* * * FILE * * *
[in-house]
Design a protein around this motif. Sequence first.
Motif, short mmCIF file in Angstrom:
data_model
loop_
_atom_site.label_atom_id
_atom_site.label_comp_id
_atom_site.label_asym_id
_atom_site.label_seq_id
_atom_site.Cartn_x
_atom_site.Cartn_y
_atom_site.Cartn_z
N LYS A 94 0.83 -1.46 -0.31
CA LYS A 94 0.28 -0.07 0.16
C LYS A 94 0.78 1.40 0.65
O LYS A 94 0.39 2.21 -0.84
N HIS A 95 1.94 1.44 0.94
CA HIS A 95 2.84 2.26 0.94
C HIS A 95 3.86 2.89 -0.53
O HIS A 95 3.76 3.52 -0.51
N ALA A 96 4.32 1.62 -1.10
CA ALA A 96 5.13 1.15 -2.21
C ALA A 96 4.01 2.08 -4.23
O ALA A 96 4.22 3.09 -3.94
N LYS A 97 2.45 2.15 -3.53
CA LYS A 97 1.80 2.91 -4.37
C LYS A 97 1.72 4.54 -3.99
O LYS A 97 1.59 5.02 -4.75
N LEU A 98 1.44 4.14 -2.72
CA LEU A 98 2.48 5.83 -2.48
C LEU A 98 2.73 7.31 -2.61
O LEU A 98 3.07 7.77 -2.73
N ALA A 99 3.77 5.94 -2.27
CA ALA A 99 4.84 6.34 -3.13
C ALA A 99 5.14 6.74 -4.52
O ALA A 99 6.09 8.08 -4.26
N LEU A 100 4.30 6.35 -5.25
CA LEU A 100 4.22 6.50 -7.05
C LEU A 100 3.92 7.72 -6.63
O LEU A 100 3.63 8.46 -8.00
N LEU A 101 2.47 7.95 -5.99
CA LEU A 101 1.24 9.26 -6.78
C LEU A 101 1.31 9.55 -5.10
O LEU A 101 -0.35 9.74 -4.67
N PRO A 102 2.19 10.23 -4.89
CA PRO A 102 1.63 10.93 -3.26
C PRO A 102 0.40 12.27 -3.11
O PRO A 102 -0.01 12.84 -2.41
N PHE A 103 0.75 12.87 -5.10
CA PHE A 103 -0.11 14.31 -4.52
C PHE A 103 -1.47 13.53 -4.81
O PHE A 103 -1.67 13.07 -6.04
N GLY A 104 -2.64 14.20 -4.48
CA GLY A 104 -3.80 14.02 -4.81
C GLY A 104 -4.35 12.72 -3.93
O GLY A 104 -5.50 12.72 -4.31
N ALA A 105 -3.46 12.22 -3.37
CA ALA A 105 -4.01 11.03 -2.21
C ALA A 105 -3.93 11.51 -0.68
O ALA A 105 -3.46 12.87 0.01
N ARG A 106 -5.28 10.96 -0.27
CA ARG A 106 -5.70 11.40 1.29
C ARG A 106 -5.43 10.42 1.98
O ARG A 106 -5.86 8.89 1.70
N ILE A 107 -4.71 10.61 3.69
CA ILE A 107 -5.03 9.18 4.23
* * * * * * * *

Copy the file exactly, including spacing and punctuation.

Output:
[in-house]
Design a protein around this motif. Sequence first.
Motif, short mmCIF file in Angstrom:
data_model
loop_
_atom_site.label_atom_id
_atom_site.label_comp_id
_atom_site.label_asym_id
_atom_site.label_seq_id
_atom_site.Cartn_x
_atom_site.Cartn_y
_atom_site.Cartn_z
N LYS A 94 0.83 -1.46 -0.31
CA LYS A 94 0.28 -0.07 0.16
C LYS A 94 0.78 1.40 0.65
O LYS A 94 0.39 2.21 -0.84
N HIS A 95 1.94 1.44 0.94
CA HIS A 95 2.84 2.26 0.94
C HIS A 95 3.86 2.89 -0.53
O HIS A 95 3.76 3.52 -0.51
N ALA A 96 4.32 1.62 -1.10
CA ALA A 96 5.13 1.15 -2.21
C ALA A 96 4.01 2.08 -4.23
O ALA A 96 4.22 3.09 -3.94
N LYS A 97 2.45 2.15 -3.53
CA LYS A 97 1.80 2.91 -4.37
C LYS A 97 1.72 4.54 -3.99
O LYS A 97 1.59 5.02 -4.75
N LEU A 98 1.44 4.14 -2.72
CA LEU A 98 2.48 5.83 -2.48
C LEU A 98 2.73 7.31 -2.61
O LEU A 98 3.07 7.77 -2.73
N ALA A 99 3.77 5.94 -2.27
CA ALA A 99 4.84 6.34 -3.13
C ALA A 99 5.14 6.74 -4.52
O ALA A 99 6.09 8.08 -4.26
N LEU A 100 4.30 6.35 -5.25
CA LEU A 100 4.22 6.50 -7.05
C LEU A 100 3.92 7.72 -6.63
O LEU A 100 3.63 8.46 -8.00
N LEU A 101 2.47 7.95 -5.99
CA LEU A 101 1.24 9.26 -6.78
C LEU A 101 1.31 9.55 -5.10
O LEU A 101 -0.35 9.74 -4.67
N PRO A 102 2.19 10.23 -4.89
CA PRO A 102 1.63 10.93 -3.26
C PRO A 102 0.40 12.27 -3.11
O PRO A 102 -0.01 12.84 -2.41
N PHE A 103 0.75 12.87 -5.10
CA PHE A 103 -0.11 14.31 -4.52
C PHE A 103 -1.47 13.53 -4.81
O PHE A 103 -1.67 13.07 -6.04
N GLY A 104 -2.64 14.20 -4.48
CA GLY A 104 -3.80 14.02 -4.81
C GLY A 104 -4.35 12.72 -3.93
O GLY A 104 -5.50 12.72 -4.31
N ALA A 105 -3.46 12.22 -3.37
CA ALA A 105 -4.01 11.03 -2.21
C ALA A 105 -3.93 11.51 -0.68
O ALA A 105 -3.46 12.87 0.01
N ARG A 106 -5.28 10.96 -0.27
CA ARG A 106 -5.70 11.40 1.29
C ARG A 106 -5.43 10.42 1.98
O ARG A 106 -5.86 8.89 1.70
N ILE A 107 -4.71 10.61 3.69
CA ILE A 107 -5.03 9.18 4.23